Scottish cull of ravens sanctioned
Scottish Natural Heritage is allowing the killing of 69 ravens a year to protect nesting waders.
Scottish Natural Heritage has approved the culling of ravens to conserve wading birds © Arterra / UIG / Getty
A licence to kill hundreds of ravens over the next five years in the heart of the Scottish Highlands has provoked an international outcry. Recently granted by Scottish Natural Heritage (SNH) – the country’s wildlife and countryside agency – it permits a cull in the sparsely populated Strathbraan area.
This has drawn criticism from conservationists such as Chris Packham, who has called it a “slaughter of wildlife”, and by bird researchers. There has been an online petition against the cull, signed by more than 150,000 people. However, bodies representing landowners and gamekeepers have welcomed it.
In allowing the killing of up to 69 ravens each year, SNH spokesman Robbie Kernahan, said that it was for “a collaborative trial to explore whether a reduction in ravens will help curlews and other ground-nesting wading birds to recover from their current low numbers.” RSPB Scotland refutes this justification. In a letter to both the Chair of SNH and the Scottish Government, the group says that its objections are in part because the licence covers an area of grouse moors SNH has previously identified as one of the hotspots where eagles have disappeared in suspicious circumstances in recent years.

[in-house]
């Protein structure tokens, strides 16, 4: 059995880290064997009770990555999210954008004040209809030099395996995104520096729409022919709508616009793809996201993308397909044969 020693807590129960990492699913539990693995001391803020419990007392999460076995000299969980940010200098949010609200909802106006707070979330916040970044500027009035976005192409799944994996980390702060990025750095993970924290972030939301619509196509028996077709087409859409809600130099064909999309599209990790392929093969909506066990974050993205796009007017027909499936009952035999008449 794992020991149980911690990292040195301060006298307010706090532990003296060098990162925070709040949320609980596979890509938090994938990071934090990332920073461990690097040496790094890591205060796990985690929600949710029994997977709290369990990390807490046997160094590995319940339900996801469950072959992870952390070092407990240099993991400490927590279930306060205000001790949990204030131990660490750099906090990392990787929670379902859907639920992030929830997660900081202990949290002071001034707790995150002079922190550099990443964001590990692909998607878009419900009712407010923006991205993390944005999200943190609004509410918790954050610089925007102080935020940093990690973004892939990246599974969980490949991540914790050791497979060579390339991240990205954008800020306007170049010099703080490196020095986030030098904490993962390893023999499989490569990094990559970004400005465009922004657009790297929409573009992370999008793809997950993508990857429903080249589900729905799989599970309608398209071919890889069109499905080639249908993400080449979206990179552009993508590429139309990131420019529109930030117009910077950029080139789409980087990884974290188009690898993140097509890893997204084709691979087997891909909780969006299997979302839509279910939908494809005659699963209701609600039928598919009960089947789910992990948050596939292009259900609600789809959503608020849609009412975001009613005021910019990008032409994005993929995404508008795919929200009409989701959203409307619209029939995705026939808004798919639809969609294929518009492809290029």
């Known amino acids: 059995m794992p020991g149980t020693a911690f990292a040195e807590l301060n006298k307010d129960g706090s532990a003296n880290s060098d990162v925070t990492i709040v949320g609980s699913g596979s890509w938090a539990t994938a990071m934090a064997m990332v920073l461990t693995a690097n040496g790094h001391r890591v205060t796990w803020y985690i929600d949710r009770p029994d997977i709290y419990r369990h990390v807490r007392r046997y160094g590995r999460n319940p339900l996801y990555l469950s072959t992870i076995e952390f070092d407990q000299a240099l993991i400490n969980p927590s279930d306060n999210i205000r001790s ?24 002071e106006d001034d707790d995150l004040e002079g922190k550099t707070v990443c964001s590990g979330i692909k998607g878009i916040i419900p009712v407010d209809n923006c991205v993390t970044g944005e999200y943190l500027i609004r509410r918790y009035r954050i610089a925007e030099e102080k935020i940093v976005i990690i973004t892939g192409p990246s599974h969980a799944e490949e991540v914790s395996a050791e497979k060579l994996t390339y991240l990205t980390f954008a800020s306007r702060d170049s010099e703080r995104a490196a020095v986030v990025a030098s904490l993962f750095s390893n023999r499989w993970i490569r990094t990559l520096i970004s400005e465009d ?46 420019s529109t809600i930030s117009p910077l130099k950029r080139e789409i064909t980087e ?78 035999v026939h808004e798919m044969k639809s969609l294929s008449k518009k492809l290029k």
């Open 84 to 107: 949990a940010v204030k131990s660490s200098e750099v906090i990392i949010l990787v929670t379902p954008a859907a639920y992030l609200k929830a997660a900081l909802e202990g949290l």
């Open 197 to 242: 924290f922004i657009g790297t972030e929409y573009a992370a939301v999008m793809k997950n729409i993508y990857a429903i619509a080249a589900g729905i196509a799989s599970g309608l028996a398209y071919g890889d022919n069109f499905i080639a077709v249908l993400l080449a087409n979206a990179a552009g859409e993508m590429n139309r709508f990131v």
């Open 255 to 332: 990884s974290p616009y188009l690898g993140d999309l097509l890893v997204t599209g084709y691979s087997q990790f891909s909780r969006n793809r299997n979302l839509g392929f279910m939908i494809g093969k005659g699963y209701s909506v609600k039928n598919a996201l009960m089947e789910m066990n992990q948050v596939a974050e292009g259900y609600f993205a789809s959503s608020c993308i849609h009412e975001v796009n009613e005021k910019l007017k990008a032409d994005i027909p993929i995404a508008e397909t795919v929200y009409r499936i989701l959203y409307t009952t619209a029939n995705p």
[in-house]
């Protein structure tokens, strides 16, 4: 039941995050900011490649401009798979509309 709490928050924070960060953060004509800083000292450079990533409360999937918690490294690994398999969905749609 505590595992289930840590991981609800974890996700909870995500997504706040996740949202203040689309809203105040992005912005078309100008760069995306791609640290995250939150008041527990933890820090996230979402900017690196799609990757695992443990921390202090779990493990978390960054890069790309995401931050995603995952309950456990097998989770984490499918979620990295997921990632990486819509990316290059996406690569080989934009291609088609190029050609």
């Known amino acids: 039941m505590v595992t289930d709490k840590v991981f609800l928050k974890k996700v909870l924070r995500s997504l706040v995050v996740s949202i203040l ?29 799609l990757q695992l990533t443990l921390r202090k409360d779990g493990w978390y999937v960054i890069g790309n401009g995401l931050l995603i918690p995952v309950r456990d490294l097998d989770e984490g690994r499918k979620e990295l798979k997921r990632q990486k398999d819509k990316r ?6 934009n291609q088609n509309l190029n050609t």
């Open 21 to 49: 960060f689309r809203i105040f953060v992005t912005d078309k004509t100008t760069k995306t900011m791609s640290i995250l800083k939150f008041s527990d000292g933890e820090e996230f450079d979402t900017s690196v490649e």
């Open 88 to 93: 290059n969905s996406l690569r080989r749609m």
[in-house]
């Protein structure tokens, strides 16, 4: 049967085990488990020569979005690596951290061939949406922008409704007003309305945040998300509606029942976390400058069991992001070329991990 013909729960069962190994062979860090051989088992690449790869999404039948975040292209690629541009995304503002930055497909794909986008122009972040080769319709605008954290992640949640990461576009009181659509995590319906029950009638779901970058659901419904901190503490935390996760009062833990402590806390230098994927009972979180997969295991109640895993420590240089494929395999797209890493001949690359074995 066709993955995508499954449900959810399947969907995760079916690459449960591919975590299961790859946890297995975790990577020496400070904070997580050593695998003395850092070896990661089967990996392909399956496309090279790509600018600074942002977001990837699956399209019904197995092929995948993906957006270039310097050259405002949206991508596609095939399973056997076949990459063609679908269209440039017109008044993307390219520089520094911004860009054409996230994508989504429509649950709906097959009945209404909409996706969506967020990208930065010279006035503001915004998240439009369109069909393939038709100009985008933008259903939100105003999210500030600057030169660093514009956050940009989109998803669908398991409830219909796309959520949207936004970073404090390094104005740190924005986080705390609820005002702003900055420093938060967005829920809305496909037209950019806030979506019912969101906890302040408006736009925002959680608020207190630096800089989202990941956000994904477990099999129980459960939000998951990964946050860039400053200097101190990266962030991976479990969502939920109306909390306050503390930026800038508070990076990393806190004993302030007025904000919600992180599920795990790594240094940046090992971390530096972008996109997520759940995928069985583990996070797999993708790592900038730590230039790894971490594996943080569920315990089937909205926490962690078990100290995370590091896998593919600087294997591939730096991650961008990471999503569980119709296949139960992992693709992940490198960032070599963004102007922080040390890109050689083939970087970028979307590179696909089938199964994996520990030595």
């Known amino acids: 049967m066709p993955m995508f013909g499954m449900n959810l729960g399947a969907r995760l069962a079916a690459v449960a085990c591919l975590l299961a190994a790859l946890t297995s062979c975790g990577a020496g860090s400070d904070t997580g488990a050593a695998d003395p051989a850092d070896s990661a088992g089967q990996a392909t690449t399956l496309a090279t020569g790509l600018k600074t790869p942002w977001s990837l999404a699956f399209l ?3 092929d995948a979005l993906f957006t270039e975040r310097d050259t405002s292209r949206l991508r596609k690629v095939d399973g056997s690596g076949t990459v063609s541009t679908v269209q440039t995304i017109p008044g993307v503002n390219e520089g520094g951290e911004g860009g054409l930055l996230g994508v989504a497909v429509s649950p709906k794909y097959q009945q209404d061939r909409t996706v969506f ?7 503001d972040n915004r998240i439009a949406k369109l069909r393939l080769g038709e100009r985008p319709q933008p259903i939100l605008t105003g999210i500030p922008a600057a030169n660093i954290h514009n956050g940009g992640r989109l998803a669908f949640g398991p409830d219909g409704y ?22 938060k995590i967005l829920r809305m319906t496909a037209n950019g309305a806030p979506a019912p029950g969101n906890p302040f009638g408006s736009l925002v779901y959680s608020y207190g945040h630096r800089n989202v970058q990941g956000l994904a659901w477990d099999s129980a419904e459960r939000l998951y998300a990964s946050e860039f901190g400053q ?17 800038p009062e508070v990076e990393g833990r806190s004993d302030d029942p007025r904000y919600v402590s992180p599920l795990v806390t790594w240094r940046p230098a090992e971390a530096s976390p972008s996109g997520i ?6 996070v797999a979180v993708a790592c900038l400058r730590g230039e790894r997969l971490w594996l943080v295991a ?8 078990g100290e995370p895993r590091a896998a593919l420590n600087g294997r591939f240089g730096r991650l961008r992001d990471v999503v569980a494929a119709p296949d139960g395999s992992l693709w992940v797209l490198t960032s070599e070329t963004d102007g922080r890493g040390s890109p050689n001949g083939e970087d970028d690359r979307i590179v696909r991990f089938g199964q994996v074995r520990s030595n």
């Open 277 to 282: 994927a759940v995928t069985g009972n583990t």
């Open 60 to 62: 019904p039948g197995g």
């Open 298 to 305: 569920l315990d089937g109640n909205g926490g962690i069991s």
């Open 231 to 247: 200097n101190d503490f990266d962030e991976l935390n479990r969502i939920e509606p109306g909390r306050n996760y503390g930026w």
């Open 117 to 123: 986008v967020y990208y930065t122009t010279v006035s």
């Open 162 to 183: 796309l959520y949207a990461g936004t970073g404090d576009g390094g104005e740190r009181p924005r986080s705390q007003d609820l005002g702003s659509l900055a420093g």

These included four satellite-tagged golden eagles and two white-tailed eagles, the most recent of which disappeared this spring in Glen Quaich, located in the raven cull zone.
In writing to SNH also opposing the cull, the Scottish Raptor Study Group, said that the stated concern for wader conservation “is simply a diversion to kill ravens in upland primarily used for driven grouse shooting.”
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Robbie Kernahan denies this, emphasising wader conservation as the reason for the licence. This has been applauded by Alex Hogg, chairman of the Scottish Gamekeepers Association, who has said that: “No number of keyboard petitions will save the curlew. Only action will.”
SNH has now asked its specialist committee to review the trial cull, but it has not revoked the licence.
Read the SNH statement.
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